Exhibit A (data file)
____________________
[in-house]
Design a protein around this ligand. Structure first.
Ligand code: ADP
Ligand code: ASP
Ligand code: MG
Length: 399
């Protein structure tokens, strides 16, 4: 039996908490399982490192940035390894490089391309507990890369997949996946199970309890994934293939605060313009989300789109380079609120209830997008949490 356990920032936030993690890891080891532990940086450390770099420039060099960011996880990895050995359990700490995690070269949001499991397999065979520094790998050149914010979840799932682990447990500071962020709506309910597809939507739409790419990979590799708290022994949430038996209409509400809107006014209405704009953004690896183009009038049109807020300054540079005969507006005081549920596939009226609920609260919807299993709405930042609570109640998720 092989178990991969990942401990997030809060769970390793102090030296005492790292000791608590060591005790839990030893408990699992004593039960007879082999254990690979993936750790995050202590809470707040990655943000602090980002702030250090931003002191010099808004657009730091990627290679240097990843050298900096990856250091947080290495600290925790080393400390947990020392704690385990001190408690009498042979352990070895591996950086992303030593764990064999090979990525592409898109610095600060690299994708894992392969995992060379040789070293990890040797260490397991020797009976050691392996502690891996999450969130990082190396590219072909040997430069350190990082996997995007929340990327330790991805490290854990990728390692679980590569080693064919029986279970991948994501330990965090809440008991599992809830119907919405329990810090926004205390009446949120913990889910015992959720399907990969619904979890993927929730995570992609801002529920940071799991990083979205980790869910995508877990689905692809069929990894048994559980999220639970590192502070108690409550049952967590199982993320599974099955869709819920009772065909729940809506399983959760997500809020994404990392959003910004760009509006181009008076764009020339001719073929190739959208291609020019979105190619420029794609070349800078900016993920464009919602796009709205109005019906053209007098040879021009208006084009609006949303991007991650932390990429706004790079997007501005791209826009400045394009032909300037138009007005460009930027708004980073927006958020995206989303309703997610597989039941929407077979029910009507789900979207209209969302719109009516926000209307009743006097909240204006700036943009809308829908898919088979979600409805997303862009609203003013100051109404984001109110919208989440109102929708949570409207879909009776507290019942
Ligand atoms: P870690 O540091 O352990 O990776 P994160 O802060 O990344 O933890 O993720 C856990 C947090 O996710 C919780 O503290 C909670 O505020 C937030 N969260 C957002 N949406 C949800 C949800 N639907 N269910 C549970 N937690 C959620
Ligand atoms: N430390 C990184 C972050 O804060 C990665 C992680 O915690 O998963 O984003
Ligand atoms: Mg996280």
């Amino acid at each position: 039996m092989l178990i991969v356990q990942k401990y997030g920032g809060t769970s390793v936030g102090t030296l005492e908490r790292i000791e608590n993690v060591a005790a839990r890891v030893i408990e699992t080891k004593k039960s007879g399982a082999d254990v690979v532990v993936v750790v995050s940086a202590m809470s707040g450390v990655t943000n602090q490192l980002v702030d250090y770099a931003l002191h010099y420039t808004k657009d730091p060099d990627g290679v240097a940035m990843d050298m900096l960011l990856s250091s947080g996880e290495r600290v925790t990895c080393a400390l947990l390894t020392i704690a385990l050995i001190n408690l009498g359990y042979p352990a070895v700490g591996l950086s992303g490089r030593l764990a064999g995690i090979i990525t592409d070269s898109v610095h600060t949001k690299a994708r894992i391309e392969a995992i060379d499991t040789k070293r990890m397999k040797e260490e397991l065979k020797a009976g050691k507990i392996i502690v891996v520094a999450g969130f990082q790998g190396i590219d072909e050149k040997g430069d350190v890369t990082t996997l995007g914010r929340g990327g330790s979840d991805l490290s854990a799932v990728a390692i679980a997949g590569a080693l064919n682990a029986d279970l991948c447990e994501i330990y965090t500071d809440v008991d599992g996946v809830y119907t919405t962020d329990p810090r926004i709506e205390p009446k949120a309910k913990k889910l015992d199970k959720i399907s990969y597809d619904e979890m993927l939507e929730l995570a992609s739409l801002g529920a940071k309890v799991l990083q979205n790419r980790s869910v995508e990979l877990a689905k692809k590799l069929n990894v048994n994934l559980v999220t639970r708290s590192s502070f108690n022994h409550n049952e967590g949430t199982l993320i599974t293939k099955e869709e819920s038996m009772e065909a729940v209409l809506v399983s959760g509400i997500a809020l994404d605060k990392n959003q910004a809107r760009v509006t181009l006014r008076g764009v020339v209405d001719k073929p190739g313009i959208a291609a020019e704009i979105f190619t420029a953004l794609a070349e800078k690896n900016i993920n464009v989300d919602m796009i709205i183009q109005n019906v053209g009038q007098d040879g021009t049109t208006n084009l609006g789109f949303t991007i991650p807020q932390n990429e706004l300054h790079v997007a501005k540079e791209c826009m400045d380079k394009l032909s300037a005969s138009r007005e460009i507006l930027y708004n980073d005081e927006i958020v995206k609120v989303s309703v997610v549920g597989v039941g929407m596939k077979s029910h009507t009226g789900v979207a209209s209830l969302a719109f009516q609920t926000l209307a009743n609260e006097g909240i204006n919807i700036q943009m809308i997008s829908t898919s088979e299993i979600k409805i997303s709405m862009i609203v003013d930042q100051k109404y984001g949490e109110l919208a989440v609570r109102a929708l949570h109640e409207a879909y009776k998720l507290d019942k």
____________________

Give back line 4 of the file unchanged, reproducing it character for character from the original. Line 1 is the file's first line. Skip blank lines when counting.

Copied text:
Ligand code: ASP